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Here is the second of four excerpts from EWTN’s ‘The Journey Home’ in which interviewer Marcus Grodi allowed ex-convict and convert to The One Holy Catholic Faith to tell his conversion story from protestant to Catholic.

The Alabama penal system, in those days (1988 to 2013) was officially anti-Catholic.

In fact, they had an administrative regulation that said I could have the Last Rites, a Priest could come in and give me the Last Rites provided I gave them 24 hours advance notice of my death…

And they hated me evangelizing.

Because you see;

The Penitentiary is controlled by threat, intimidation and bribery.

That’s how they control the men.

And, a practicing Catholic can not be threatened, will not yield to threats, will not yield to intimidation and cannot be bribed.

Now, it never occurred to them that we were obeying the rules anyway they just knew that they couldn’t make us do ‘by the regular means.’

And it scared them.

Because they felt that they weren’t in control.

And so, for quite a while, I was beaten on a regular basis by the guards when they were sent to beat me.

They confiscated my prayer books, my Bible, my Rosaries, my Scapulars, they confiscated everything that I had. And, the day after they burned them they told me I could have them back.

Ah… I was beaten on a fairly regular basis anywhere from two to eight officers would come in and beat me.

And then I started writing and it got really rough.

Writing for the Catholic media…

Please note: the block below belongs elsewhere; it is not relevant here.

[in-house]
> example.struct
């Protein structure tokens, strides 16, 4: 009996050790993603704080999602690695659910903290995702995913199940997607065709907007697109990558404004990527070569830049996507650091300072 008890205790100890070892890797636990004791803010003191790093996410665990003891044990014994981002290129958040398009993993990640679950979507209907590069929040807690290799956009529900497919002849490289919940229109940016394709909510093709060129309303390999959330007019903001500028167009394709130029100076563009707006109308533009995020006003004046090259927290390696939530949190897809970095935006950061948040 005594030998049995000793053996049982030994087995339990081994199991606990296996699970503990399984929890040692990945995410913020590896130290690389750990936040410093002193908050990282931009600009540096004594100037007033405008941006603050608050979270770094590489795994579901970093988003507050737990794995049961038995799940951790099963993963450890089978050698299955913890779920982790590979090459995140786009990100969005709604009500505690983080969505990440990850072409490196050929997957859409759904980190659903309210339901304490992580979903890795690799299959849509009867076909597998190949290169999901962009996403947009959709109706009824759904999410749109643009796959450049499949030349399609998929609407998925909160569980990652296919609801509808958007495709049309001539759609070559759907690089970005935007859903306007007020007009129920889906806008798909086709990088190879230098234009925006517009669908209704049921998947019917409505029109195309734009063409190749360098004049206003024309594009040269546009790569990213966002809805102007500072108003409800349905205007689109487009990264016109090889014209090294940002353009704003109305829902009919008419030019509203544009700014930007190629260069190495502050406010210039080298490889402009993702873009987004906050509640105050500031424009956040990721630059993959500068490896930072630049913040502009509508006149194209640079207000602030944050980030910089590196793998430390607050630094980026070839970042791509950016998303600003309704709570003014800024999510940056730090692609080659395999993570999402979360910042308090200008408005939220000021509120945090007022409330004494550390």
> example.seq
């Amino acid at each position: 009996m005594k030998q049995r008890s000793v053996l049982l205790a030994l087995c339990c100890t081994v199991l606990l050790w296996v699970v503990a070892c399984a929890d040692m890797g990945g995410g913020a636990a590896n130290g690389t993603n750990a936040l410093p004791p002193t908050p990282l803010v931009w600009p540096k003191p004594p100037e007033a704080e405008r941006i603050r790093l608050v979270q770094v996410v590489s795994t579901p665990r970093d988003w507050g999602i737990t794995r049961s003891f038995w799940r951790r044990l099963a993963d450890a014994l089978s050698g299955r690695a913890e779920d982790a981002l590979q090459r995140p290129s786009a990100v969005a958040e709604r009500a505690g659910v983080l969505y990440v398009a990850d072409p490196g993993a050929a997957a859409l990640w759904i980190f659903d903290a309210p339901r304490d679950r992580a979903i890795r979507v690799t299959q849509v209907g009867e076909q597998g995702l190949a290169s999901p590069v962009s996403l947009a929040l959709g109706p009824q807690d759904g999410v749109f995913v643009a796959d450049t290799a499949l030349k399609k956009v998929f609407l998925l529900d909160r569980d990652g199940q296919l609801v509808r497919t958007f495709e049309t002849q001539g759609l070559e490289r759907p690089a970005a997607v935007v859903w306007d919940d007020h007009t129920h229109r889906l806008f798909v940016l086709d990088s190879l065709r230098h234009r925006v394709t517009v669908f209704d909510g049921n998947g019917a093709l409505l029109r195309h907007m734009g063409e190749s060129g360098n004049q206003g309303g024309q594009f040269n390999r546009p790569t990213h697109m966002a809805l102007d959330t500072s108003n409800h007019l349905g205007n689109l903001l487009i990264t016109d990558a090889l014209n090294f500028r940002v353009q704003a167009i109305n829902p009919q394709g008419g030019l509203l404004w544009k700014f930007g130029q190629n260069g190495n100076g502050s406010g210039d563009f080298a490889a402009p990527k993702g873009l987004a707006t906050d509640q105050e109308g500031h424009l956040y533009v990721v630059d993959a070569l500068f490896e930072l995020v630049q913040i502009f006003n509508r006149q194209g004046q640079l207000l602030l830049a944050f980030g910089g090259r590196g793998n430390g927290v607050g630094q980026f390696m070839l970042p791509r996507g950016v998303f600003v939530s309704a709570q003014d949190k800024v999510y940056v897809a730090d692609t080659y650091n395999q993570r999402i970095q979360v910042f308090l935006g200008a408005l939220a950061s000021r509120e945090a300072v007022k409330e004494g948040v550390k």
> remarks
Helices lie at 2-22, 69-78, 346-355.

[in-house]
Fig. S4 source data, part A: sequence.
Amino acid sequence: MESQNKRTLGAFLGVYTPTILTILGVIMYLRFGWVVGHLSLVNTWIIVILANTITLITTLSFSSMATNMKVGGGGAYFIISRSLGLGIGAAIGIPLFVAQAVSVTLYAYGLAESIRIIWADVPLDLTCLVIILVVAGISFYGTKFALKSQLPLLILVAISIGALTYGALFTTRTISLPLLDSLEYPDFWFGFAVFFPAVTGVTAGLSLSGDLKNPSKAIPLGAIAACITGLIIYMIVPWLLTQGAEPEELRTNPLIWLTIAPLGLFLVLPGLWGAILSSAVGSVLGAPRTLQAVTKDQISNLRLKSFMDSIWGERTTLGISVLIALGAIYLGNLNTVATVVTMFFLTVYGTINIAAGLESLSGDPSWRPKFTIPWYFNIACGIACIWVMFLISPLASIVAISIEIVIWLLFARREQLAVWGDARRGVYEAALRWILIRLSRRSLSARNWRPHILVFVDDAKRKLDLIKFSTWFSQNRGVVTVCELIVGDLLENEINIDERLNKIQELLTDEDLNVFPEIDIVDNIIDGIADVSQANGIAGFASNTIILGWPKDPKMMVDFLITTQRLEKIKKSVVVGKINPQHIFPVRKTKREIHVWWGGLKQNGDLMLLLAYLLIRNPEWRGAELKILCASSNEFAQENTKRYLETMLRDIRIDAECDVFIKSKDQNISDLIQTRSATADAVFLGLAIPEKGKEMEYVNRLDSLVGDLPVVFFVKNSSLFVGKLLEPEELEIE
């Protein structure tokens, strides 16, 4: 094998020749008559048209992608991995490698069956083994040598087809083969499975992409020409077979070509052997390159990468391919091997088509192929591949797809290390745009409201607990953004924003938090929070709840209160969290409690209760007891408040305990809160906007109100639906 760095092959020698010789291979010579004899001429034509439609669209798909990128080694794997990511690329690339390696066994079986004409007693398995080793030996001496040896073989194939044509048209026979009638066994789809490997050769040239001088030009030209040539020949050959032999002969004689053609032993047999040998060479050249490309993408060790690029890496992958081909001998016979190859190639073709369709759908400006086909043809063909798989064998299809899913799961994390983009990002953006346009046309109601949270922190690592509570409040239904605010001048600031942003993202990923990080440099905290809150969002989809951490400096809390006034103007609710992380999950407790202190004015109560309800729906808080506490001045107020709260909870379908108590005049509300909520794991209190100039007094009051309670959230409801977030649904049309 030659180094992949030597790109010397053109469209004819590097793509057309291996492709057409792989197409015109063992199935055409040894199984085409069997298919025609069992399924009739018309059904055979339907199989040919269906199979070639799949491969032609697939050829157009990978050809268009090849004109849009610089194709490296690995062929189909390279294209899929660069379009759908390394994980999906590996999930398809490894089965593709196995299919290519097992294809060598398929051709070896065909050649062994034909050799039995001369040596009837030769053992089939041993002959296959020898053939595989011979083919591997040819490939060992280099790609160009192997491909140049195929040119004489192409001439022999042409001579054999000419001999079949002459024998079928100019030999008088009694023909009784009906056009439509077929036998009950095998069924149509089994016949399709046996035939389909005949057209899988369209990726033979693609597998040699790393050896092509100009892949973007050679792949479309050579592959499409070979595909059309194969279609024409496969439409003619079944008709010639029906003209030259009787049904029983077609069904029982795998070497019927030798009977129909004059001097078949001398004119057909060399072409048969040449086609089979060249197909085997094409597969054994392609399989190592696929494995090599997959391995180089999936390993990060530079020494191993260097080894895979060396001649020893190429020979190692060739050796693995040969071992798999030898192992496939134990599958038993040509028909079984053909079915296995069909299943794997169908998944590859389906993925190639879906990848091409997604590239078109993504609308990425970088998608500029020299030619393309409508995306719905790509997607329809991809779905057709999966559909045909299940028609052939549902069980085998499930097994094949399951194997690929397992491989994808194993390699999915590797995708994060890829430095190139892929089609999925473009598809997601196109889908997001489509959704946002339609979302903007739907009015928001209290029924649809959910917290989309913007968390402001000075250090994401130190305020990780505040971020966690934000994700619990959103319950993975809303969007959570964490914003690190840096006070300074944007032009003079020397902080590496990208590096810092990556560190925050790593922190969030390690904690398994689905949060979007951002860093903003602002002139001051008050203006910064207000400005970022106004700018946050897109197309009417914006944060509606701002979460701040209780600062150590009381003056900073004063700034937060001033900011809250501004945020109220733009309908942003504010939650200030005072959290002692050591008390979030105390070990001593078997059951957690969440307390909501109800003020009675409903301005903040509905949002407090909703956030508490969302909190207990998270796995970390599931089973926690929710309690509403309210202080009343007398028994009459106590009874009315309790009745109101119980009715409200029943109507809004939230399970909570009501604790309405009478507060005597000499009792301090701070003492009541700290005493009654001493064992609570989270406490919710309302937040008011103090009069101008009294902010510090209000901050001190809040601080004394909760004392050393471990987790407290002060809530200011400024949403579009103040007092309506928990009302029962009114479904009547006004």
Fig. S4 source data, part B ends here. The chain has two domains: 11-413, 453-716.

I wrote for a lot of Catholic magazines and journals but probably ‘This Rock’ is where I wrote most of my stuff…

And, they would see these magazines come in with my name on the cover and so they knew that I was writing; it never occurred to them to read anything that I had written, they just automatically assumed that I was writing bad things about the Department of Corrections…

They had told me to quit writing and I had told them, ‘No!’ just like they told me to quit evangelizing and I told them, ‘No!’

But then it kind of came to a head and one day eight officers came into the cell-block and they beat me down with their sticks and this time they didn’t stop at that they tap-danced on me a while: broke a couple of ribs, my lips were so swollen that I could hardly breathe through my mouth, they broke my nose… my eyes were swollen shut, I couldn’t see anything, I could see light, but I couldn’t see anything.

And then they took me to the ‘segregation unit’ and stripped me naked. Six of them left, only two of them stayed behind.

They put me on my knees on the concrete floor and forced my head down to the floor until my forehead hit the concrete and then one officer put his knee on the back of my neck, to hold me down while the other officer took my hand back like this and snapped these three fingers (the thumb, index and middle finger of his right hand).

And then they put me into a segregation cell, ah, turned out the lights; I know that because it was totally dark and that was the only sensation I had for sight.

I knew that I wasn’t going to get any medical treatment because I knew why they were doing it.

So, I tried to reset my fingers myself.

Not a pleasant task.

I remember screaming a few times, in trying to do that.

I think I probably passed out a couple of times.

And, I finally gave up.

And just began to cry.

And started praying to ‘Mary Help Of Christians.’

She has never let us down. Never.

I began praying for help.

I don’t know how long I prayed. I may have been in there two days before this happened; I don’t know, you lose complete track of time.

But suddenly there was light in the cell and I thought that they were getting ready and come in and hand me another dose of a whoopin’ or maybe they were getting ready to feed me or something.

But, then the light got really bright.

And I felt a warmth in my hand (the one that was damaged).

And, my hand’s been fine ever since.

And, incidentally, I did have my hand x-rayed… and he (the x-ray technician) said that those fingers had never been broken. Well, I myself had broken one of them twice… but there are no breaks.

Yet another extraordinary event in my life because He had work for me to do.

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